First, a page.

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#coroutines
Title
# coroutines
j

Jason Hartley

02/28/2023, 5:52 PM
I need advice. I'm updating an app that uses Threads and Runnables for a handful of background tasks that generally stay running for the lifetime of the app, but can be terminated based on various events. For example, one of these Runnables is actively receiving data from a USB accessory and passing it on to listeners, but can be killed if the USB connection is lost. The way it's currently architected is a foreground service stays running that executes these Threads/Runnables on a ThreadPoolExecutor. I'd like to convert this all to coroutines, but I have to admit that I have virtually no experience working with coroutines directly. What might be a good general approach for converting these Threads/Runnables to coroutines?
c

Casey Brooks

02/28/2023, 6:19 PM
Your use-case does sounds like a good fit for migrating to coroutines (though i have no idea how performance will compare to your current setup), but it definitely doesn’t sounds like a trivial use-case. I’d recommend learning the basics of coroutines first, before starting to apply them to this situation, so you can make sure you understand enough to set up the proper structure for your app. The Coroutines guide is a good place to start, and will teach you all the basics and introduce many of the available APIs that you can use to implement your solution.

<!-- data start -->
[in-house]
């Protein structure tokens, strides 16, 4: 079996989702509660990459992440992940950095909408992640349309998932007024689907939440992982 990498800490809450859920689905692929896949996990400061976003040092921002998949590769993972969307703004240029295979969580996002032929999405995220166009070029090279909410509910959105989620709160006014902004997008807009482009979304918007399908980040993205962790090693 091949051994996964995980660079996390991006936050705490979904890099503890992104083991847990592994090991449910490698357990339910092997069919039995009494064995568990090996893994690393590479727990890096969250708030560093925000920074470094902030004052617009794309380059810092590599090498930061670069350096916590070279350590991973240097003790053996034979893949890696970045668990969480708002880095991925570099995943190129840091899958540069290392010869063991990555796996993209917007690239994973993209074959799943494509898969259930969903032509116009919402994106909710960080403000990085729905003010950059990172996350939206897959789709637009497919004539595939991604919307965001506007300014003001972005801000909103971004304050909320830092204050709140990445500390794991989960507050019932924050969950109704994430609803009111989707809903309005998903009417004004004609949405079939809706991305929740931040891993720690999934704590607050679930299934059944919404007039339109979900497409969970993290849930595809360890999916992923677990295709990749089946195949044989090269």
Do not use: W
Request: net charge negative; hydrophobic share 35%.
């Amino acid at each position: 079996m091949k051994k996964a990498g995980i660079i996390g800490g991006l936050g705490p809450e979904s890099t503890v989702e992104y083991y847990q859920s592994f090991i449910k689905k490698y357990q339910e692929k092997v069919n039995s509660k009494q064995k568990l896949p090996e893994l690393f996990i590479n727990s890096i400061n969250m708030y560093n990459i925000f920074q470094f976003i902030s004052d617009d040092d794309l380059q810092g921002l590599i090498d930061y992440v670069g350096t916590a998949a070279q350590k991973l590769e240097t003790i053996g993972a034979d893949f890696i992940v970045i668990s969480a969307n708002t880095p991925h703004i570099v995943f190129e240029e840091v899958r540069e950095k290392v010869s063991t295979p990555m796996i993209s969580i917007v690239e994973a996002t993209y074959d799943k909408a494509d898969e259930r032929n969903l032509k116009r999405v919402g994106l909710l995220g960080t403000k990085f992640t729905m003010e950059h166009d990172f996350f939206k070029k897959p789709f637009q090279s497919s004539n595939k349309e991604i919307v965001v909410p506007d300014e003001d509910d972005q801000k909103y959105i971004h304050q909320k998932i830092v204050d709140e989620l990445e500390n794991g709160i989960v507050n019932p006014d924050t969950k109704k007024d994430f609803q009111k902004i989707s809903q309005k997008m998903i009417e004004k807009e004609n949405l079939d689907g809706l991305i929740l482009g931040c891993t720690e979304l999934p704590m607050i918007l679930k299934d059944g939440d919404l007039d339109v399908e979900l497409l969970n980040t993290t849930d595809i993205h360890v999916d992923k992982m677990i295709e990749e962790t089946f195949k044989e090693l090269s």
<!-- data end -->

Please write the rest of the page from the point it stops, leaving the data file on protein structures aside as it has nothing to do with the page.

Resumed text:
At a very high level, with coroutines you generally won’t be thinking in terms of individual threads (so don’t use thread-locals), but in terms of units of work that are running asynchronously (could be in series or parallel). Instead of a ThreadPoolExecutor, you’ll have a
CoroutineScope
which includes a Dispatcher (such as
<http://Dispatchers.IO|Dispatchers.IO>
). One of your Runnables would be a coroutine started with
coroutineScope.launch { }
. Rather than passing data to listeners, you might use a
Channel
or
Flow
to pass data around. If the USB connection is lost, then you would cancel the CoroutineScope to stop processing the data and shut down the tasks that were launched into it. This of course glosses over many of the details, but hopefully it gives you a place to start and some specific terms/APIs to look into
j

Jason Hartley

02/28/2023, 6:40 PM
Thank you, Casey. This is very helpful!
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